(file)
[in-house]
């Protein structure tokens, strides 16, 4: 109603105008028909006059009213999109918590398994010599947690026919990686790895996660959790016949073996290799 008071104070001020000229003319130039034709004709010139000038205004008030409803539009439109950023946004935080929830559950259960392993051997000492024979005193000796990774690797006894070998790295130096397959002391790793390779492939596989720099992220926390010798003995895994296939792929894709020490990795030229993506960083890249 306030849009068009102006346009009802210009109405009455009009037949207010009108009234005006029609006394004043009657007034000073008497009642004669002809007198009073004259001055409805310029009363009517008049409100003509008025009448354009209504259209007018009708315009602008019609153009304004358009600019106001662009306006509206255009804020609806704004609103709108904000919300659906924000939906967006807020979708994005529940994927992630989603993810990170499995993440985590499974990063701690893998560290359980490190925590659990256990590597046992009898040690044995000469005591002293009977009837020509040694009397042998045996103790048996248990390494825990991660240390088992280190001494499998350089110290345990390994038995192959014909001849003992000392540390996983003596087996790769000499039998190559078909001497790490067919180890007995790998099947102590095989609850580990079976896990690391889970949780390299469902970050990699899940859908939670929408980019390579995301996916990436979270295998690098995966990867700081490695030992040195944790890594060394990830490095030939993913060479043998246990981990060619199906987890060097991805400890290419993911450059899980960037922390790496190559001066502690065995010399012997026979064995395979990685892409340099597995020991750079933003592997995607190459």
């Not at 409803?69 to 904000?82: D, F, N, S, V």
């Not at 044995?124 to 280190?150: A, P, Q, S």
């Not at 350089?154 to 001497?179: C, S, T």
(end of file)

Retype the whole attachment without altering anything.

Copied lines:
[in-house]
């Protein structure tokens, strides 16, 4: 109603105008028909006059009213999109918590398994010599947690026919990686790895996660959790016949073996290799 008071104070001020000229003319130039034709004709010139000038205004008030409803539009439109950023946004935080929830559950259960392993051997000492024979005193000796990774690797006894070998790295130096397959002391790793390779492939596989720099992220926390010798003995895994296939792929894709020490990795030229993506960083890249 306030849009068009102006346009009802210009109405009455009009037949207010009108009234005006029609006394004043009657007034000073008497009642004669002809007198009073004259001055409805310029009363009517008049409100003509008025009448354009209504259209007018009708315009602008019609153009304004358009600019106001662009306006509206255009804020609806704004609103709108904000919300659906924000939906967006807020979708994005529940994927992630989603993810990170499995993440985590499974990063701690893998560290359980490190925590659990256990590597046992009898040690044995000469005591002293009977009837020509040694009397042998045996103790048996248990390494825990991660240390088992280190001494499998350089110290345990390994038995192959014909001849003992000392540390996983003596087996790769000499039998190559078909001497790490067919180890007995790998099947102590095989609850580990079976896990690391889970949780390299469902970050990699899940859908939670929408980019390579995301996916990436979270295998690098995966990867700081490695030992040195944790890594060394990830490095030939993913060479043998246990981990060619199906987890060097991805400890290419993911450059899980960037922390790496190559001066502690065995010399012997026979064995395979990685892409340099597995020991750079933003592997995607190459």
């Not at 409803?69 to 904000?82: D, F, N, S, V």
């Not at 044995?124 to 280190?150: A, P, Q, S």
């Not at 350089?154 to 001497?179: C, S, T």